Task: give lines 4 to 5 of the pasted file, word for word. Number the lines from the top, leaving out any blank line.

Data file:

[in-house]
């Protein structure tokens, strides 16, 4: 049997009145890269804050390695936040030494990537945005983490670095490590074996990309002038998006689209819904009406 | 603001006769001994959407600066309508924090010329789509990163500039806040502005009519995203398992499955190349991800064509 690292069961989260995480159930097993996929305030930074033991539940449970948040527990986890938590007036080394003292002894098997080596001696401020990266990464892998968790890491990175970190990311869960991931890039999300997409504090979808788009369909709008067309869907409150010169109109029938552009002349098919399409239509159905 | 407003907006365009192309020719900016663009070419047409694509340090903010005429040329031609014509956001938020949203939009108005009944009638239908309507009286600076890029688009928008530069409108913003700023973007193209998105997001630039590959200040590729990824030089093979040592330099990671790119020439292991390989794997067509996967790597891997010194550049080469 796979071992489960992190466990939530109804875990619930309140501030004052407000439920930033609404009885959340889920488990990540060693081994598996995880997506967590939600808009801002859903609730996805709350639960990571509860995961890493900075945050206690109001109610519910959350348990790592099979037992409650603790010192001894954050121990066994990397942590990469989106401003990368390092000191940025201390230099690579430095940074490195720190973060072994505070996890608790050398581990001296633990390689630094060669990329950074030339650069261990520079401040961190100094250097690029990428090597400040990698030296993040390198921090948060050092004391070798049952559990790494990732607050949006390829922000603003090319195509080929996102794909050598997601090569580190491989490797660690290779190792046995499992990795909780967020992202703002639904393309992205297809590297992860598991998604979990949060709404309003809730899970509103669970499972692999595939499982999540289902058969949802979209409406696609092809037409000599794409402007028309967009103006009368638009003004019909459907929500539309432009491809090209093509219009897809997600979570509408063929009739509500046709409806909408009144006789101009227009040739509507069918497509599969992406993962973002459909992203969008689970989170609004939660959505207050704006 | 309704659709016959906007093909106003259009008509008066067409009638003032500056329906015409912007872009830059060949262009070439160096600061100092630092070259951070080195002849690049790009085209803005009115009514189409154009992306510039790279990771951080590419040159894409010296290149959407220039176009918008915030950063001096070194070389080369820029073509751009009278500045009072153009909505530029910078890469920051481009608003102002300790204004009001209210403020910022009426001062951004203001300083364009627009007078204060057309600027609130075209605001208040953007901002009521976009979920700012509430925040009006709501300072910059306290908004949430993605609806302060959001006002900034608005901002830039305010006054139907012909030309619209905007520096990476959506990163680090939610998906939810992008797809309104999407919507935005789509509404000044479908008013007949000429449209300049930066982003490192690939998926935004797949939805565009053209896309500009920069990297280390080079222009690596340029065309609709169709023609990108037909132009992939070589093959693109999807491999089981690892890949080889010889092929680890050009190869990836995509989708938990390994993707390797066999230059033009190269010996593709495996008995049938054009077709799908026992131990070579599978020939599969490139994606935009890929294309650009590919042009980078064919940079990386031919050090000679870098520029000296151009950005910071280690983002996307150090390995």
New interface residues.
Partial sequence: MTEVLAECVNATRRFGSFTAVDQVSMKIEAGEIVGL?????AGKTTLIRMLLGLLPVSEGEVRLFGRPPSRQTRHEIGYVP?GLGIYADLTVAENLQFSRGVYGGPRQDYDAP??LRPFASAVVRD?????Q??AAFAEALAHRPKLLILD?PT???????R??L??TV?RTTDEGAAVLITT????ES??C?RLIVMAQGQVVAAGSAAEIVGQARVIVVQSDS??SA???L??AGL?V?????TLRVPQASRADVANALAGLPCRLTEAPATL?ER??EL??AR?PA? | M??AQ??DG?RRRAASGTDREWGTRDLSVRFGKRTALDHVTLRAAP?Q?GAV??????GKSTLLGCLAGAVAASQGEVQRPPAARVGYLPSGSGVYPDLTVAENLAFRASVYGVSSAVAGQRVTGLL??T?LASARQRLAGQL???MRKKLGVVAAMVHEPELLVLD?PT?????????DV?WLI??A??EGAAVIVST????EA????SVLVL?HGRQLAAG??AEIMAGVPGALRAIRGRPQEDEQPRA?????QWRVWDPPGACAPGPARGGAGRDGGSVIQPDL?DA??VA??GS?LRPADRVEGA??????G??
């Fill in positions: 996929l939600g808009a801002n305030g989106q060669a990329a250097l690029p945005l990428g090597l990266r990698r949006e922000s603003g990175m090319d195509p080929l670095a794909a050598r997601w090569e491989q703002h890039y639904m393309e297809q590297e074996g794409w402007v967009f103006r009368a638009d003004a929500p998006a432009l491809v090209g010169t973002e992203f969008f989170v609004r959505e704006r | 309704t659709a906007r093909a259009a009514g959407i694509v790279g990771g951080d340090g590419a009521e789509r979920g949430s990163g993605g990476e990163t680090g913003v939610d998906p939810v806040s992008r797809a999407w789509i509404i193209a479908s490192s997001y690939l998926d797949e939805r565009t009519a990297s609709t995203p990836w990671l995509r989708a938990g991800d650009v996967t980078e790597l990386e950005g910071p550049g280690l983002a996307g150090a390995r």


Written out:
Partial sequence: MTEVLAECVNATRRFGSFTAVDQVSMKIEAGEIVGL?????AGKTTLIRMLLGLLPVSEGEVRLFGRPPSRQTRHEIGYVP?GLGIYADLTVAENLQFSRGVYGGPRQDYDAP??LRPFASAVVRD?????Q??AAFAEALAHRPKLLILD?PT???????R??L??TV?RTTDEGAAVLITT????ES??C?RLIVMAQGQVVAAGSAAEIVGQARVIVVQSDS??SA???L??AGL?V?????TLRVPQASRADVANALAGLPCRLTEAPATL?ER??EL??AR?PA? | M??AQ??DG?RRRAASGTDREWGTRDLSVRFGKRTALDHVTLRAAP?Q?GAV??????GKSTLLGCLAGAVAASQGEVQRPPAARVGYLPSGSGVYPDLTVAENLAFRASVYGVSSAVAGQRVTGLL??T?LASARQRLAGQL???MRKKLGVVAAMVHEPELLVLD?PT?????????DV?WLI??A??EGAAVIVST????EA????SVLVL?HGRQLAAG??AEIMAGVPGALRAIRGRPQEDEQPRA?????QWRVWDPPGACAPGPARGGAGRDGGSVIQPDL?DA??VA??GS?LRPADRVEGA??????G??
């Fill in positions: 996929l939600g808009a801002n305030g989106q060669a990329a250097l690029p945005l990428g090597l990266r990698r949006e922000s603003g990175m090319d195509p080929l670095a794909a050598r997601w090569e491989q703002h890039y639904m393309e297809q590297e074996g794409w402007v967009f103006r009368a638009d003004a929500p998006a432009l491809v090209g010169t973002e992203f969008f989170v609004r959505e704006r | 309704t659709a906007r093909a259009a009514g959407i694509v790279g990771g951080d340090g590419a009521e789509r979920g949430s990163g993605g990476e990163t680090g913003v939610d998906p939810v806040s992008r797809a999407w789509i509404i193209a479908s490192s997001y690939l998926d797949e939805r565009t009519a990297s609709t995203p990836w990671l995509r989708a938990g991800d650009v996967t980078e790597l990386e950005g910071p550049g280690l983002a996307g150090a390995r």